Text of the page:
Poetic rhyme reflects cross-linguistic differences in information structure

An interesting article in the last issue of Cognition suggesting how cognitive differences in language processsing can influence literary tradition. Michael Wagner (McGill) and Katherine McCurdy (Harvard) show that cross-linguistic differences in information structure can explain divergence in French and English poetic tradition (preprint available here).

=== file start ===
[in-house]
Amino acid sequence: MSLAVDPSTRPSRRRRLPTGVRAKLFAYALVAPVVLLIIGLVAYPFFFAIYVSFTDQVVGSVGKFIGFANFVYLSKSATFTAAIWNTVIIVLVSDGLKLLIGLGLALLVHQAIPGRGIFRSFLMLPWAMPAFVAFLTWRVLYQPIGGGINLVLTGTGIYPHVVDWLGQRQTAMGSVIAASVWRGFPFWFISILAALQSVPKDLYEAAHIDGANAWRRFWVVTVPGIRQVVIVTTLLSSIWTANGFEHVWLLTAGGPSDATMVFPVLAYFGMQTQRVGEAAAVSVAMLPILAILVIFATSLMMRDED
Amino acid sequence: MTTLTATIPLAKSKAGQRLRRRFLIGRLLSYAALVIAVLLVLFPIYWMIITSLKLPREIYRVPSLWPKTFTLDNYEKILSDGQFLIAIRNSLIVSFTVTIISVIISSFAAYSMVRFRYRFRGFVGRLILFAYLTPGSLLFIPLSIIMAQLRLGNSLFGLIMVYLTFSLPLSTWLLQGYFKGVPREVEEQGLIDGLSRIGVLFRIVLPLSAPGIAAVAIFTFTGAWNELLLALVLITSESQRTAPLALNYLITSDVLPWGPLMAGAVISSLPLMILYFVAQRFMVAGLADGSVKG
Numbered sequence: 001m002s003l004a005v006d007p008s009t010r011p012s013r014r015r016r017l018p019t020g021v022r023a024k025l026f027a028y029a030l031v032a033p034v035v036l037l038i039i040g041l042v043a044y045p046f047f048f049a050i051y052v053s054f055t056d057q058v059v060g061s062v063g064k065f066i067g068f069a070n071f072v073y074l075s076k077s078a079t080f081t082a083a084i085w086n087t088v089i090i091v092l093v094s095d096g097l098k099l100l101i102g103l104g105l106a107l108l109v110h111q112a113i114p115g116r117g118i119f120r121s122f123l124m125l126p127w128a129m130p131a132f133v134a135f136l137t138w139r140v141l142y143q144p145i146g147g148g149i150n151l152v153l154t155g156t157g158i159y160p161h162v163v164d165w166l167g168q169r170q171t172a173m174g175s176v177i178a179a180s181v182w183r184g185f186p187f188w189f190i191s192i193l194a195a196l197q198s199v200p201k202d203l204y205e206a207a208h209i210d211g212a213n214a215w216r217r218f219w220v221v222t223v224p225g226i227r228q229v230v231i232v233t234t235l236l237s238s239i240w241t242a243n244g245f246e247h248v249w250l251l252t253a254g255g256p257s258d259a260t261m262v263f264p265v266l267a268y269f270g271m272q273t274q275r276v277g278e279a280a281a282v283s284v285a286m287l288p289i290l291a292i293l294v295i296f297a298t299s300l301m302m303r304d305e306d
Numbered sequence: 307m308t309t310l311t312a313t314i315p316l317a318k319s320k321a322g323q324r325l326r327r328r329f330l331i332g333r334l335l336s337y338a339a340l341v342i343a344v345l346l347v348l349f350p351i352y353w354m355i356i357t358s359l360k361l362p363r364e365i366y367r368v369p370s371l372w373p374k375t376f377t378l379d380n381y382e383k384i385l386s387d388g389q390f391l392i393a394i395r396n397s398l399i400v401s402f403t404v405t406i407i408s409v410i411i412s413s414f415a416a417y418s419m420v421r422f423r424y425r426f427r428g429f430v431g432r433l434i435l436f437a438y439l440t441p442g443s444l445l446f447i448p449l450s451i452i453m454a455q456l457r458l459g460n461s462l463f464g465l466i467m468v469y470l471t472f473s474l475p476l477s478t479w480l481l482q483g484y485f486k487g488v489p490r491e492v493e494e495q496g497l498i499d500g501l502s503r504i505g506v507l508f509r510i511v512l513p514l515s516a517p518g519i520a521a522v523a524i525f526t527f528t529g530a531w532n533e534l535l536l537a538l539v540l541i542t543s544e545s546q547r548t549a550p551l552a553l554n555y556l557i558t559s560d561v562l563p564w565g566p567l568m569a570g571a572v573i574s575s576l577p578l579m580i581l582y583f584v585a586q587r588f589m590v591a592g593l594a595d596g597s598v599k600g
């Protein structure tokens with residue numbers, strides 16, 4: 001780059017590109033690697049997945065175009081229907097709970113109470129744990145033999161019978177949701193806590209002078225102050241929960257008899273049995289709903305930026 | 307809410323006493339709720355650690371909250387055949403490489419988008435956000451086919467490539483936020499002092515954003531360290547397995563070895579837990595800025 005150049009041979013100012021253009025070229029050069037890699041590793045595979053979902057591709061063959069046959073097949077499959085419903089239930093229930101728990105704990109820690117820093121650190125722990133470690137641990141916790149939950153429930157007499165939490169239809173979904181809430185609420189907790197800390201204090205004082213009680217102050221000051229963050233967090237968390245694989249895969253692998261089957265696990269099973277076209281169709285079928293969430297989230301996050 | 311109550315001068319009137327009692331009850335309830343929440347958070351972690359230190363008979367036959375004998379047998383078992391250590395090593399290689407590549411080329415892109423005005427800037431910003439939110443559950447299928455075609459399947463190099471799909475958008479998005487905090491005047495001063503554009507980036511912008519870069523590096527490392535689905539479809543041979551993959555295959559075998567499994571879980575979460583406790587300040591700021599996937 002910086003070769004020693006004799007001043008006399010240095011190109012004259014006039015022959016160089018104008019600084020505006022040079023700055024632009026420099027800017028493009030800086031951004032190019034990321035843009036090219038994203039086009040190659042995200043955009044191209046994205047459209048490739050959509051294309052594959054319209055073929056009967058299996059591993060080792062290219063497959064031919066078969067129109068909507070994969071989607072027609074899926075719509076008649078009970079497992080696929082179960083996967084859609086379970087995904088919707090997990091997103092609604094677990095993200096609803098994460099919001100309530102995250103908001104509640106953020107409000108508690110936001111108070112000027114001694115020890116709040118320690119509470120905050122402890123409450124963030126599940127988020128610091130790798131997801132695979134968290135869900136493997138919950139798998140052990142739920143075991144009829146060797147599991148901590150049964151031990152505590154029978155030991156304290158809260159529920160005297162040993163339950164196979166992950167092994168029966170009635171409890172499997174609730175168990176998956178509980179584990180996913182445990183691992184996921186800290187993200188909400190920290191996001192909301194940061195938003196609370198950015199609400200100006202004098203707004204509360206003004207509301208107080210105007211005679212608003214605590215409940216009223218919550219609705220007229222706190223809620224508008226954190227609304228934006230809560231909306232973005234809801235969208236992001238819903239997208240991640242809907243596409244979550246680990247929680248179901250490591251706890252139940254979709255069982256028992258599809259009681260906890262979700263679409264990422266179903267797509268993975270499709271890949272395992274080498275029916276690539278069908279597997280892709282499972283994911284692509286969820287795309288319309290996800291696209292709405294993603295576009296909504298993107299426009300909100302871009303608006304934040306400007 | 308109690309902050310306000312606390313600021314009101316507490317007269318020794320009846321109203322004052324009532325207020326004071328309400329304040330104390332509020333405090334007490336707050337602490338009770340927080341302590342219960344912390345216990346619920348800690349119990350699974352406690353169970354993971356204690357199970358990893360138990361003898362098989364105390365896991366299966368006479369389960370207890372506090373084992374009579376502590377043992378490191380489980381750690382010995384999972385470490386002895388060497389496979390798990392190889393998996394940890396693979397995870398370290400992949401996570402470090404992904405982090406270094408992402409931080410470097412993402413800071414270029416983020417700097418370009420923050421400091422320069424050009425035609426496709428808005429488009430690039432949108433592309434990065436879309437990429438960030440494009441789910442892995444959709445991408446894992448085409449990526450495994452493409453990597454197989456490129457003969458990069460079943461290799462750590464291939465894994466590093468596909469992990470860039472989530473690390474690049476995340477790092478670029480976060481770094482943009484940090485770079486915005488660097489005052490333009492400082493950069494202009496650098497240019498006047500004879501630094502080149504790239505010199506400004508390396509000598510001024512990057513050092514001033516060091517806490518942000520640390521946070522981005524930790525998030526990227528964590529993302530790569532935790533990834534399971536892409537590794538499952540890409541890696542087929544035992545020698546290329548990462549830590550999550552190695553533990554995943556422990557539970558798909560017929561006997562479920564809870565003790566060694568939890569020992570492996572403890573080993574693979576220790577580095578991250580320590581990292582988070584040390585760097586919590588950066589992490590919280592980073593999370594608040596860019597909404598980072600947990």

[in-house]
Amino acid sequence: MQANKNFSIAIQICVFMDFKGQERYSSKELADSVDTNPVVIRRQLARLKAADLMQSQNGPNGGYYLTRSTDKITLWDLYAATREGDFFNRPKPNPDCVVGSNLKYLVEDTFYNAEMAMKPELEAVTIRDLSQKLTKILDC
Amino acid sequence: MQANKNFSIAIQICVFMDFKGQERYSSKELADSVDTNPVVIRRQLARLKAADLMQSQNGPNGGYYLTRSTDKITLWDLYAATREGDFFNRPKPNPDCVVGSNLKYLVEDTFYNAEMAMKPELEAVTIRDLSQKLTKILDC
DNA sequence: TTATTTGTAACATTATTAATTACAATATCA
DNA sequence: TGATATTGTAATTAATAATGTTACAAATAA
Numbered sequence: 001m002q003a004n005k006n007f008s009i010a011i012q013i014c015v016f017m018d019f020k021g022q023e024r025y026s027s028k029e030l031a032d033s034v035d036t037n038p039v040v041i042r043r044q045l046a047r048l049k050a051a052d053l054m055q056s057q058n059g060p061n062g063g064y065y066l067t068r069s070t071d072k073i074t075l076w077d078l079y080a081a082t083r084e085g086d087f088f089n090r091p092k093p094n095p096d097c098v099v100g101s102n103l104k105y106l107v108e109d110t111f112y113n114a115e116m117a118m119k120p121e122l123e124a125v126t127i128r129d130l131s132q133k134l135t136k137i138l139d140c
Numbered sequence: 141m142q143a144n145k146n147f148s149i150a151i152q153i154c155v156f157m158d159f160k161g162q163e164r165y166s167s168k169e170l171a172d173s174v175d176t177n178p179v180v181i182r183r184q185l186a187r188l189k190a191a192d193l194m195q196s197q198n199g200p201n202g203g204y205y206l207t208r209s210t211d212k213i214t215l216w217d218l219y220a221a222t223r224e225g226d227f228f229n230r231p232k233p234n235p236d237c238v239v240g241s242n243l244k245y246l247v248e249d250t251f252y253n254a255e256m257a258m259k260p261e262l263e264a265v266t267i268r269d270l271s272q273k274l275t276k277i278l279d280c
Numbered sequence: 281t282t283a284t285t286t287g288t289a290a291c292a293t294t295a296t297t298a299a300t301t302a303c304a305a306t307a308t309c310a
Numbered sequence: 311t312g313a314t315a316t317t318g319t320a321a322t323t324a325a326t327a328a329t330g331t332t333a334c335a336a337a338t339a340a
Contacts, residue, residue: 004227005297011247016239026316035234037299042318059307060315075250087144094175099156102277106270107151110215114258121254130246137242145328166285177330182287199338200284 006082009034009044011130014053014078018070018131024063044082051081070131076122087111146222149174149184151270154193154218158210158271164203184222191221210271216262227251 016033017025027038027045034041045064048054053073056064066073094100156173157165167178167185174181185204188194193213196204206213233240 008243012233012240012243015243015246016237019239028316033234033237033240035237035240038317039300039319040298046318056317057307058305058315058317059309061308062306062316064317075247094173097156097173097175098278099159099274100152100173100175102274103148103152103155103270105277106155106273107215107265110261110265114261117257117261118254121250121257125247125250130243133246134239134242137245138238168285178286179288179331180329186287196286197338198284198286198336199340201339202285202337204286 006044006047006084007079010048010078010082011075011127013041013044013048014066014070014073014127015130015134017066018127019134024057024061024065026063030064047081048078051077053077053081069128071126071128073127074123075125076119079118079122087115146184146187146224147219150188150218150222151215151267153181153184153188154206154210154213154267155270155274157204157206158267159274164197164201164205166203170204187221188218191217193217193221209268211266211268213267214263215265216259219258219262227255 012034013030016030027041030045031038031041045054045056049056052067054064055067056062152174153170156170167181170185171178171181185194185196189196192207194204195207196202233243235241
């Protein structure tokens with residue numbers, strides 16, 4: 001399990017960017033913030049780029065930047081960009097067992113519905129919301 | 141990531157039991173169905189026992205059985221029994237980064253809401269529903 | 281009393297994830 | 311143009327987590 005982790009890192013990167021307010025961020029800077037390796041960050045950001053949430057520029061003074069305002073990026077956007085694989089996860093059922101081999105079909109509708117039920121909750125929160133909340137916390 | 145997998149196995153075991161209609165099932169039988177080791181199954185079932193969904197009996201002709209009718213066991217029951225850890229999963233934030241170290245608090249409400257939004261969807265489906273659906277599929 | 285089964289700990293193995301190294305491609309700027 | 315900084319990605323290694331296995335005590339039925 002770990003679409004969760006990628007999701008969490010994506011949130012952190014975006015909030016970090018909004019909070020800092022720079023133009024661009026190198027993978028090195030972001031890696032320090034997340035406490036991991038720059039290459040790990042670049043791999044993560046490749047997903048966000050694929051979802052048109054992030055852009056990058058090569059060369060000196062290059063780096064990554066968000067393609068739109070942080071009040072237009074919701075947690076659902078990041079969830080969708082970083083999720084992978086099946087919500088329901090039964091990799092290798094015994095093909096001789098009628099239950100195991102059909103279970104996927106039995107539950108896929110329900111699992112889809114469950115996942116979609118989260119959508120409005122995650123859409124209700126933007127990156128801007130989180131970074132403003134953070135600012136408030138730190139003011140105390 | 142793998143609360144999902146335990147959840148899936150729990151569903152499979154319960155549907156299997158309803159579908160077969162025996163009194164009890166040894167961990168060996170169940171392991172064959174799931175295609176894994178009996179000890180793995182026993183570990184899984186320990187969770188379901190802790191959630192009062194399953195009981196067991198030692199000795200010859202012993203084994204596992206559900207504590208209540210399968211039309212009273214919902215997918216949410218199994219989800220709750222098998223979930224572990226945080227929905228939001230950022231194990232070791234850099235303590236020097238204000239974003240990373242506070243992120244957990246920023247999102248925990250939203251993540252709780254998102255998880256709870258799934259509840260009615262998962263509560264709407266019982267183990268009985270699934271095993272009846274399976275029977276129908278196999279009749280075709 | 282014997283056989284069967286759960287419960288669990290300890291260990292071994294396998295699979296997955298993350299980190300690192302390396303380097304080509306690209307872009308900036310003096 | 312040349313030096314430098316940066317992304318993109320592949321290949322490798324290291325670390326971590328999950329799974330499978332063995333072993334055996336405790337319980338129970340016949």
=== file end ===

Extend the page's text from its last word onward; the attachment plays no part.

Abstract: Identical rhymes (right/write, attire/retire) are considered satisfactory and even artistic in French poetry but are considered unsatisfactory in English. This has been a consistent generalization over the course of centuries, a surprising fact given that other aspects of poetic form in French were happily applied in English. This paper puts forward the hypothesis that this difference is not merely one of poetic tradition, but is grounded in the distinct ways in which information-structure affects prosody in the two languages. A study of rhyme usage in poetry and a perception experiment confirm that native speakers' intuitions about rhyming in the two languages indeed differ, and a further perception experiment supports the hypothesis that this fact is due to a constraint on prosody that is active in English but not in French. The findings suggest that certain forms of artistic expression in poetry are influenced, and even constrained, by more general properties of a language.




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